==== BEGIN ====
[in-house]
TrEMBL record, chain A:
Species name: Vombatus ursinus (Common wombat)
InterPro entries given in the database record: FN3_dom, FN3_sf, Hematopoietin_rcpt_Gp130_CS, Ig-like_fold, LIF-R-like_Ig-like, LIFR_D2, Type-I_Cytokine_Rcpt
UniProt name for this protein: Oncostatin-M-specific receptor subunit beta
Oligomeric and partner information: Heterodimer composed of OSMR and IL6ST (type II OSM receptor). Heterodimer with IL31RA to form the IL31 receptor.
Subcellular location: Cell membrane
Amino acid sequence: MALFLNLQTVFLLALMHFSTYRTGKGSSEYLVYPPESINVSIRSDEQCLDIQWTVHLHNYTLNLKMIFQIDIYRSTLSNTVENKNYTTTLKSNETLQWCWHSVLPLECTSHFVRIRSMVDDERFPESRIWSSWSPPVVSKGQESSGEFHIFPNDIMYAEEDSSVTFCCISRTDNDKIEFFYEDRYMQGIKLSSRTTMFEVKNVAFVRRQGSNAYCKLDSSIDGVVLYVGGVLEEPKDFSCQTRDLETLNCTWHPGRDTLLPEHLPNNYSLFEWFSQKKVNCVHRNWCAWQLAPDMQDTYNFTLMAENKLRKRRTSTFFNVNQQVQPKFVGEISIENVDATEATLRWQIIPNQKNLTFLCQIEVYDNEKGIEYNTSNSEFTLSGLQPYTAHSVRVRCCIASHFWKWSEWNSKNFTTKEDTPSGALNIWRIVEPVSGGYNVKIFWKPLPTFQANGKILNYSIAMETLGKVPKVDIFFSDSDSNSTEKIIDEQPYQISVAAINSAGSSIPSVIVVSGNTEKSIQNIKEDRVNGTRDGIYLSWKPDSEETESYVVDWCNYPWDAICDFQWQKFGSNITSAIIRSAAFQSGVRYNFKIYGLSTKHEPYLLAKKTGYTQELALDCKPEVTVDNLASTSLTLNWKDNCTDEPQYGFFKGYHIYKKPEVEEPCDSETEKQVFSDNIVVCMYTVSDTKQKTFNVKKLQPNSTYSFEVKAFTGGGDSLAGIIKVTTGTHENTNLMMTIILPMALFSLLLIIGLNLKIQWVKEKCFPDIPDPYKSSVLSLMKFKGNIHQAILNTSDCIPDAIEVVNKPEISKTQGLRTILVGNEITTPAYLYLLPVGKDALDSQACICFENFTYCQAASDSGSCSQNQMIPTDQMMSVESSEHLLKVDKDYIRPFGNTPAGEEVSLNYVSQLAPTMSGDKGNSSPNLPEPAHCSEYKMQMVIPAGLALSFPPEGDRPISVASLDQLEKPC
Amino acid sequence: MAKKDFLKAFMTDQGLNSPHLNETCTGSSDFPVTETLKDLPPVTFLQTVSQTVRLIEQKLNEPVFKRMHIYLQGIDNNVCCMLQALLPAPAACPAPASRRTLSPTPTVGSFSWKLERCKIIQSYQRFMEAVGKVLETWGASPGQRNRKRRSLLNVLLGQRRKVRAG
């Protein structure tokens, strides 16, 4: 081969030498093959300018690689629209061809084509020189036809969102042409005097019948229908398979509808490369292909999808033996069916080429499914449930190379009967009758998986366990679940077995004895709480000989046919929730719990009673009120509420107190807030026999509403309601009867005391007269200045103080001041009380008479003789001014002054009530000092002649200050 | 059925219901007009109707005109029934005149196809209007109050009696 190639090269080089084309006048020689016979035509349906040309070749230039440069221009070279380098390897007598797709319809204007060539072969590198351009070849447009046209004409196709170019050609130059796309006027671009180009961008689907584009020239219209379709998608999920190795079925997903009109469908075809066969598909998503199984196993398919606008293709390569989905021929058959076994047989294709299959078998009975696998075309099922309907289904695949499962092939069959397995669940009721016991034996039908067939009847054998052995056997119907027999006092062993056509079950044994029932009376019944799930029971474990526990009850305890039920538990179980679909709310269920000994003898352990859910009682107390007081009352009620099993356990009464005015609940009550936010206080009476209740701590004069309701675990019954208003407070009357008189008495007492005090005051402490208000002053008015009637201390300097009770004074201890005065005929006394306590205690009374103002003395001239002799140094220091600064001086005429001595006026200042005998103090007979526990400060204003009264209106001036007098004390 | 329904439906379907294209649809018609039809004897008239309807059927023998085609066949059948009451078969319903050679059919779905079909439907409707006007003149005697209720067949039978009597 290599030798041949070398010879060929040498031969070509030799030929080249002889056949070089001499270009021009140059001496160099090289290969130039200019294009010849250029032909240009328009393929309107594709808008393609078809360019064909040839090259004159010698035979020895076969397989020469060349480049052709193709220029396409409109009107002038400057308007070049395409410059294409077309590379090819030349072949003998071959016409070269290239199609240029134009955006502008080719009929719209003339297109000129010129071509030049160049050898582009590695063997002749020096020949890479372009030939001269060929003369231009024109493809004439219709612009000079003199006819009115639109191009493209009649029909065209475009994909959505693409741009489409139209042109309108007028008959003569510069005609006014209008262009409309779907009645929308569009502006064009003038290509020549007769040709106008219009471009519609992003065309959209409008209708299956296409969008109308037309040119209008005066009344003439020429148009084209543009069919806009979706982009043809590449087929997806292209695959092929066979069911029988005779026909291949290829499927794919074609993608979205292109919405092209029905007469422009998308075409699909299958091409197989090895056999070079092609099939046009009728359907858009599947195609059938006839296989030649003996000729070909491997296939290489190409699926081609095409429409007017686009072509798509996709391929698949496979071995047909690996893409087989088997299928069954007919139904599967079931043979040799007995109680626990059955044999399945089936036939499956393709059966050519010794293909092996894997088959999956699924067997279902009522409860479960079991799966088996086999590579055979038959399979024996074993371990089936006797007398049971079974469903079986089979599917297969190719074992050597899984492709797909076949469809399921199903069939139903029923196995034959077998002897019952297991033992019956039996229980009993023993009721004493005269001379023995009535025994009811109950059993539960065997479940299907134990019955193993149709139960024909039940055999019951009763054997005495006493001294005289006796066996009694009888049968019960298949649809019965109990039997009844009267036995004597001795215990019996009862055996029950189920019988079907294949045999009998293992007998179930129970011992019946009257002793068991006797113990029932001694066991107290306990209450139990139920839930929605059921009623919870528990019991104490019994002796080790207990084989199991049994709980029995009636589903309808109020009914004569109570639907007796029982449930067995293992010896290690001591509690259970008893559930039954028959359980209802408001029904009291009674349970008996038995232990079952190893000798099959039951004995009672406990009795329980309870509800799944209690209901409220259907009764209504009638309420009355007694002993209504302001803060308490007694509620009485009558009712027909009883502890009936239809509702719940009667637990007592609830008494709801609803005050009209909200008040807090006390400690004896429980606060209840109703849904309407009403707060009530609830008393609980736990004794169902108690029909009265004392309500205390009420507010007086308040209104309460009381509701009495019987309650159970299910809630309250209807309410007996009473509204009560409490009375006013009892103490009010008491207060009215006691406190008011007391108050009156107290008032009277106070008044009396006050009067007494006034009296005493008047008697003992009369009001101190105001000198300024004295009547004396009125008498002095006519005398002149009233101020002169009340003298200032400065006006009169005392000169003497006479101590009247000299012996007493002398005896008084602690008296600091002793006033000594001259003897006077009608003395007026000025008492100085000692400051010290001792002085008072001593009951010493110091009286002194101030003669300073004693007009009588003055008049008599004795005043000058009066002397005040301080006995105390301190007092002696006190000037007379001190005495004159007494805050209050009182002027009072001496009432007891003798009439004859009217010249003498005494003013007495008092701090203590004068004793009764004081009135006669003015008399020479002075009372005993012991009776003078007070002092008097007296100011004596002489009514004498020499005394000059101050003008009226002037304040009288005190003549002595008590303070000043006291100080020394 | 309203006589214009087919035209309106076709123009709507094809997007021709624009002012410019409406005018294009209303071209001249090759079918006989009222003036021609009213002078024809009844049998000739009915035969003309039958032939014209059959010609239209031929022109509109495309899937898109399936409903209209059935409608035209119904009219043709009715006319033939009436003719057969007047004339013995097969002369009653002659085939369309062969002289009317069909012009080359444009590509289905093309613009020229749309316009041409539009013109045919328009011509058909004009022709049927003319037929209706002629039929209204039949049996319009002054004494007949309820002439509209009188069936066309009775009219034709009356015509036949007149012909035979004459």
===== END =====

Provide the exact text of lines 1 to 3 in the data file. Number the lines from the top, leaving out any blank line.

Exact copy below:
[in-house]
TrEMBL record, chain A:
Species name: Vombatus ursinus (Common wombat)